University of Arkansas

Walton College

The Sam M. Walton College of Business

Leaders: Know Your Values – Live Them

Student Success

August 19, 2019 | By Mathew Waller

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When I became dean at the Sam M. Walton College of Business, I tacitly agreed to fulfill the organization’s vision, mission, values, strategies, and priorities. I consider that my mandate as the leader of the college, and I feel obligated to either achieve that mandate or change it. Either way, memorizing those key components is an essential first step. It’s been invaluable to my leadership, and I believe it’s vital for other leaders, as well.

A leader influences the activities and conversations that determine where the organization ends up, and a deep understanding of the mandate is crucial to using that influence effectively and wisely. The ability to recall the components of the mandate won’t produce the level of understanding I’m talking about. The elements of an organization’s mandate must be heavily rooted in the mind and heart of the leader. It has to be committed into the leader, not just into the leader’s memory banks. However, memorizing it verbatim is essential to achieve that deep-level commitment successfully.

A Committed Mandate Reinforces Procedural Justice


An organization’s mandate typically is created collectively through a strategic planning process, not handed down from on high by a leader. Ideally, that process has procedural justice that results from giving everyone in the organization a voice. Research has shown that procedural justice increases the alignment of employees and their commitment to the organization[i]. Creating the organizational mandate in this way makes it a committed mandate, so that there is inherent procedural justice in the implementation – the organization created the mandate, and the leaders are implementing it.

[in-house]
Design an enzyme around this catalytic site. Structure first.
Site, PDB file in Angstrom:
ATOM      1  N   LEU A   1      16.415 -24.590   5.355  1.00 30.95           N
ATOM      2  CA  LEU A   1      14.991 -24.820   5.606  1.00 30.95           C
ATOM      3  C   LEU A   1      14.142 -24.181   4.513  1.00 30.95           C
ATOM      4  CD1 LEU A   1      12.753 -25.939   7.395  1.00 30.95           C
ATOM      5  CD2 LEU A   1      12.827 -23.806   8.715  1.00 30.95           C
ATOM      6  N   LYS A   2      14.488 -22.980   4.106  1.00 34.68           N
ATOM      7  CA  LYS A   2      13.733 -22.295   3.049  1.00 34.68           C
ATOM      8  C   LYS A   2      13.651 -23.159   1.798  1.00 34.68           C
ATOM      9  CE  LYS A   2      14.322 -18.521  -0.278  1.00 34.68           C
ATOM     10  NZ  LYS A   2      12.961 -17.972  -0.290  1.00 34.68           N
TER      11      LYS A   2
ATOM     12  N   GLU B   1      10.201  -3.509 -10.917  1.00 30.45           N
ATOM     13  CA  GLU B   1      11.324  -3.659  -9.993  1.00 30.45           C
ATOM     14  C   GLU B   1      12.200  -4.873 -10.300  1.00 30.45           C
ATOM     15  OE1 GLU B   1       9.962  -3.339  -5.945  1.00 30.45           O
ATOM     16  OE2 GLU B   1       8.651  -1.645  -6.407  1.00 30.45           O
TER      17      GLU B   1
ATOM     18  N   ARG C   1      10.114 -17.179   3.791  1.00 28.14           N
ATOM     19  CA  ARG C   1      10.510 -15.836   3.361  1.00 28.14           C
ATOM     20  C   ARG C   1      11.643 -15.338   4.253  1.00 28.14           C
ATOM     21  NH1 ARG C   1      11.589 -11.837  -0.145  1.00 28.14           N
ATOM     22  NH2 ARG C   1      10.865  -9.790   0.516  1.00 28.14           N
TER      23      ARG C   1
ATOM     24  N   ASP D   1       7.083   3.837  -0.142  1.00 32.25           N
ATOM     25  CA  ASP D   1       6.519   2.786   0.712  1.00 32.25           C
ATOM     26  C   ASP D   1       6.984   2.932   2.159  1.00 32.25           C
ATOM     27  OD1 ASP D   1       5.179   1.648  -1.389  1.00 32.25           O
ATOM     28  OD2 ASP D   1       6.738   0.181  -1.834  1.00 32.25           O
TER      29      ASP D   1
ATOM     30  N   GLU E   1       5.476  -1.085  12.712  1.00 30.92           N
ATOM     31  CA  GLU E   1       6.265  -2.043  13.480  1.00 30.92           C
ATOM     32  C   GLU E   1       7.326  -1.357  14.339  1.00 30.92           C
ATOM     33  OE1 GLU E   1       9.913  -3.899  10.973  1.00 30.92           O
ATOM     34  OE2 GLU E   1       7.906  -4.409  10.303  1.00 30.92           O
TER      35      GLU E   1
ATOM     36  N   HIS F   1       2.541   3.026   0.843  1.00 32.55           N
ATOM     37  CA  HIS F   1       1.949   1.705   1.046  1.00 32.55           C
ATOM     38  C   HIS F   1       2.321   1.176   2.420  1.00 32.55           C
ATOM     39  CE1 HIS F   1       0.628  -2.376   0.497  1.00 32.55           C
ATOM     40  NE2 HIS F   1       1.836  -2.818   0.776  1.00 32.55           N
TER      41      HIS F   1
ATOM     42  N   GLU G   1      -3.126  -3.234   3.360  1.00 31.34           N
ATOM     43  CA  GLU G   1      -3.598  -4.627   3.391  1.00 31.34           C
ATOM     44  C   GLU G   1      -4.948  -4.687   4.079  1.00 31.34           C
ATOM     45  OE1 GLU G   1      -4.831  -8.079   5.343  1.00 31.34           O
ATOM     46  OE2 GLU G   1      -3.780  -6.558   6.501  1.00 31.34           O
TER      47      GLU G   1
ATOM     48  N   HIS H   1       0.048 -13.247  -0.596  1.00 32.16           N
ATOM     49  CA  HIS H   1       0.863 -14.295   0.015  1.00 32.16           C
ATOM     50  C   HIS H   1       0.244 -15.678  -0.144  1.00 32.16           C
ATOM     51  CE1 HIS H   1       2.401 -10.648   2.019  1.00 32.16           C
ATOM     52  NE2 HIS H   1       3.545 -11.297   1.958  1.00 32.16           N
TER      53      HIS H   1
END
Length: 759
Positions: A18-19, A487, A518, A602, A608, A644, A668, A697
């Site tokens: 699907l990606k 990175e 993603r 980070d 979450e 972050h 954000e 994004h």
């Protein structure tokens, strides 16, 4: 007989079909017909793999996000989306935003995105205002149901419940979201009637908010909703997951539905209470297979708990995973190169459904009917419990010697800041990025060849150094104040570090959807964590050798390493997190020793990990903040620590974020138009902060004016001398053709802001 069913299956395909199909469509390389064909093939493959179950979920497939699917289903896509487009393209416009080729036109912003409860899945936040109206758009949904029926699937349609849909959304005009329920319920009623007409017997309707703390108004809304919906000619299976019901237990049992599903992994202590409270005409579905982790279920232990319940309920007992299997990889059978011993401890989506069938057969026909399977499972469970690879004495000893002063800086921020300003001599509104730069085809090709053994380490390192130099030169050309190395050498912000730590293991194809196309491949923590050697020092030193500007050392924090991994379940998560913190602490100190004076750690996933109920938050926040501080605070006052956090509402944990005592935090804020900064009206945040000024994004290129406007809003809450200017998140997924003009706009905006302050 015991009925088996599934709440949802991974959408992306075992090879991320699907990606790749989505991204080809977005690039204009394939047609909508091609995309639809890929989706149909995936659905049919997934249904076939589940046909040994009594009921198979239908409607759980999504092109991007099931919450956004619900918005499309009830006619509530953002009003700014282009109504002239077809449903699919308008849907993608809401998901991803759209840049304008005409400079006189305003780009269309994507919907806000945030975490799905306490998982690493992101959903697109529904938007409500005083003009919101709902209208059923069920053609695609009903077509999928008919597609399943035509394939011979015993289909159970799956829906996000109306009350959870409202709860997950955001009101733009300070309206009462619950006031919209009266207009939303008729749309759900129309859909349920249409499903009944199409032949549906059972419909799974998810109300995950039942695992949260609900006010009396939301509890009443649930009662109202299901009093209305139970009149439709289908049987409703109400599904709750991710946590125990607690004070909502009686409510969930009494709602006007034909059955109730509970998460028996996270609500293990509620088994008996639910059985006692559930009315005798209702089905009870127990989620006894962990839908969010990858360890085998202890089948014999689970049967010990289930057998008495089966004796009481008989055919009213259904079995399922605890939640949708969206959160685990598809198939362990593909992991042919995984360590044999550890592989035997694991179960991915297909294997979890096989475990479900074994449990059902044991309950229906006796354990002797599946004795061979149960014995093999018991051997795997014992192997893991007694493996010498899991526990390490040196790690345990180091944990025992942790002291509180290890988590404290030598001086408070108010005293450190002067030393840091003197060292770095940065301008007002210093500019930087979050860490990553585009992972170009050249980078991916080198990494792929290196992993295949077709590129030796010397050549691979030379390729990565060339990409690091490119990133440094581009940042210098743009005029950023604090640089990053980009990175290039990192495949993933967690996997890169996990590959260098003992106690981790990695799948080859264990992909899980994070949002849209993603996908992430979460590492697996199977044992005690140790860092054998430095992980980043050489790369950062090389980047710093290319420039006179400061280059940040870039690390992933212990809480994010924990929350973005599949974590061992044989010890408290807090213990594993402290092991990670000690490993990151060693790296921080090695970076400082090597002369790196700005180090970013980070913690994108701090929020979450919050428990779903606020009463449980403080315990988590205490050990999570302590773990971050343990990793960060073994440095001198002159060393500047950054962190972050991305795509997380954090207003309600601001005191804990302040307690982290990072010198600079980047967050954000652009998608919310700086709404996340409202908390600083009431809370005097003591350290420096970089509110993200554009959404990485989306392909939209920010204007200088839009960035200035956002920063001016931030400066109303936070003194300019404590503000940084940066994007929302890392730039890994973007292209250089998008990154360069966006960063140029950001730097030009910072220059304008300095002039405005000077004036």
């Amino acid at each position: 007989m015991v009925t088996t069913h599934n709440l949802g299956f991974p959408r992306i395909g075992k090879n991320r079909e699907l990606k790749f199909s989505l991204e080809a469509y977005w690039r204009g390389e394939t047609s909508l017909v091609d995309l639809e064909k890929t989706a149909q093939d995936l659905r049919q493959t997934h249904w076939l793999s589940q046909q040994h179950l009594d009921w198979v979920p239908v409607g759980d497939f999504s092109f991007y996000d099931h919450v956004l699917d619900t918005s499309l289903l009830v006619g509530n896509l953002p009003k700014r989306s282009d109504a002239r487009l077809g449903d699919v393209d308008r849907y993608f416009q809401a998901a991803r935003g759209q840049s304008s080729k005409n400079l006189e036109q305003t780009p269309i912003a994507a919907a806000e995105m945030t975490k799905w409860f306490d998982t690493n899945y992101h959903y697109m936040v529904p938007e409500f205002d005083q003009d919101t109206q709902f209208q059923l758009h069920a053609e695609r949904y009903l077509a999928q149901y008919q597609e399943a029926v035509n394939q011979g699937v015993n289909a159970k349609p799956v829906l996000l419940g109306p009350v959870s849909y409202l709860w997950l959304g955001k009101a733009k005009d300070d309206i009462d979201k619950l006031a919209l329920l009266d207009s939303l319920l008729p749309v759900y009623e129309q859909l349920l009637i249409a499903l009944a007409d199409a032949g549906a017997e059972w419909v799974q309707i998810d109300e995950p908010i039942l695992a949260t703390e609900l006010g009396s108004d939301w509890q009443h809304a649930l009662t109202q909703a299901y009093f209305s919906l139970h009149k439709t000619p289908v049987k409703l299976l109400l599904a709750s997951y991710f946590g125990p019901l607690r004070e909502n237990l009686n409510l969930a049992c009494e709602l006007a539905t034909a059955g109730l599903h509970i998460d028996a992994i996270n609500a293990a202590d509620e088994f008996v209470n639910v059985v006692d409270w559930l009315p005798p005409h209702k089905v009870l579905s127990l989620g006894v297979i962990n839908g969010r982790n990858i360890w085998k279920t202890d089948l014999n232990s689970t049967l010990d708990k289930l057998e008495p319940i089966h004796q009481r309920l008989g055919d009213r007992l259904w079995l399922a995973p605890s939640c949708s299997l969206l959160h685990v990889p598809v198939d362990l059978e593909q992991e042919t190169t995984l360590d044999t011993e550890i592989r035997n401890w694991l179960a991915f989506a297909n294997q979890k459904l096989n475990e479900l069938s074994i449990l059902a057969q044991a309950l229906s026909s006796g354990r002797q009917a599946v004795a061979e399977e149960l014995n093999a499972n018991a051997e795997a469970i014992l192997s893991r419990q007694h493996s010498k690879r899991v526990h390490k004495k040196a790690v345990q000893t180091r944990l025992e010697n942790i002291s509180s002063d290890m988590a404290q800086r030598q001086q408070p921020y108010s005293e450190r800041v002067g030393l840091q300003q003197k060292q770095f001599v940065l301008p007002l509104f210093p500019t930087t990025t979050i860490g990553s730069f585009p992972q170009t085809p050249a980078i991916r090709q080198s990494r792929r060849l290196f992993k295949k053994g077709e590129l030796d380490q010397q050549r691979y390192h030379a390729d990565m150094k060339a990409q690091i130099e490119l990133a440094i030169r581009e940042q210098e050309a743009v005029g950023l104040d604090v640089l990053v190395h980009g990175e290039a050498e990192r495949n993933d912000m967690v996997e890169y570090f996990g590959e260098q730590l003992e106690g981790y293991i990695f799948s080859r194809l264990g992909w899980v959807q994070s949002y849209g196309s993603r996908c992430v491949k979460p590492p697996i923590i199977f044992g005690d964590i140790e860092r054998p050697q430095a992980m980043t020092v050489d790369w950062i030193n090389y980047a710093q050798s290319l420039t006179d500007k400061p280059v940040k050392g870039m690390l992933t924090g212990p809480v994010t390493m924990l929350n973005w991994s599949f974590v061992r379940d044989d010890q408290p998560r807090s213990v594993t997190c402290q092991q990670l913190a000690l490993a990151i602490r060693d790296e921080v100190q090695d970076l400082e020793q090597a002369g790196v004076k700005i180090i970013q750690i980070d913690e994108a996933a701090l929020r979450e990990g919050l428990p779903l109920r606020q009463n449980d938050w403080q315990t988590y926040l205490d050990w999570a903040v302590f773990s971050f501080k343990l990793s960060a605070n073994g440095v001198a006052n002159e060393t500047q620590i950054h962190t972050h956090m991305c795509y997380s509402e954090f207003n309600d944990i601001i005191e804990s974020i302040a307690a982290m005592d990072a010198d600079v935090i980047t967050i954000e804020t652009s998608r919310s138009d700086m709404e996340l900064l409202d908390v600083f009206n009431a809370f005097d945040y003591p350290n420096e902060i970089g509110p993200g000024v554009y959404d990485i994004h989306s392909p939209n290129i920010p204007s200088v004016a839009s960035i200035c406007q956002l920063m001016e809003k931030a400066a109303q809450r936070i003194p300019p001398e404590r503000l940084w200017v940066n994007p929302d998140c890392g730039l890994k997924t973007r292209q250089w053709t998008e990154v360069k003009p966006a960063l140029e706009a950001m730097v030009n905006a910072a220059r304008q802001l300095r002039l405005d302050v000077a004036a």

Leaders prove their commitment in part through interactions with people throughout the organization. Leaders communicate in a variety of ways, and it’s no longer a one-way street. Technology has changed that for good. Leaders and the organizations they serve now are in a constant dialogue. When leaders have committed to their mandate, they can be more articulate when sharing how their decisions support that mandate. This technology-enabled dialogue is fast-paced, and leaders don’t have time to ruminate over possible responses. When the mandate is committed and applied over and over in an informed manner, the organization can move forward more quickly, more thoroughly, and with fewer distractions.

At the same time, leaders who have committed to the mandate still need to seek the opinions of others. In fact, continually seeking diverse opinions on issues affected by the mandate increases the degree to which the mandate is committed, make leaders more informed, and helps them lead more effectively. Having the mandate deeply committed can be dangerous if you become ridged in your application, so it is important to discuss it with others continually. You want to be sturdy but not unyielding.

A Committed Mandate Emphasizes Process and Builds Trust


Over time, as you commit the mandate, practice applying it, practice discussing it, make decisions based on it and seek input from others about it, including its meaning and proper application, you will more and more become the archetypical member of the organization. Keep in mind; this archetype was created by the organization and for the organization. As you help the organization move toward what it wants to become, others will want to accompany you on the journey. This brings about order and consistency, while also helping you lead necessary change. You won’t be able to lead change in the organization if people don’t want to accompany you on the journey.

My favorite definition of leadership is by Peter Northouse: “Leadership is a process whereby an individual influence a group of individuals to achieve a common goal.”[ii]I like it because it emphasizes the process of the characteristics of the leader. When we commit the mandate, we improve the process for influencing individuals to achieve the common goal.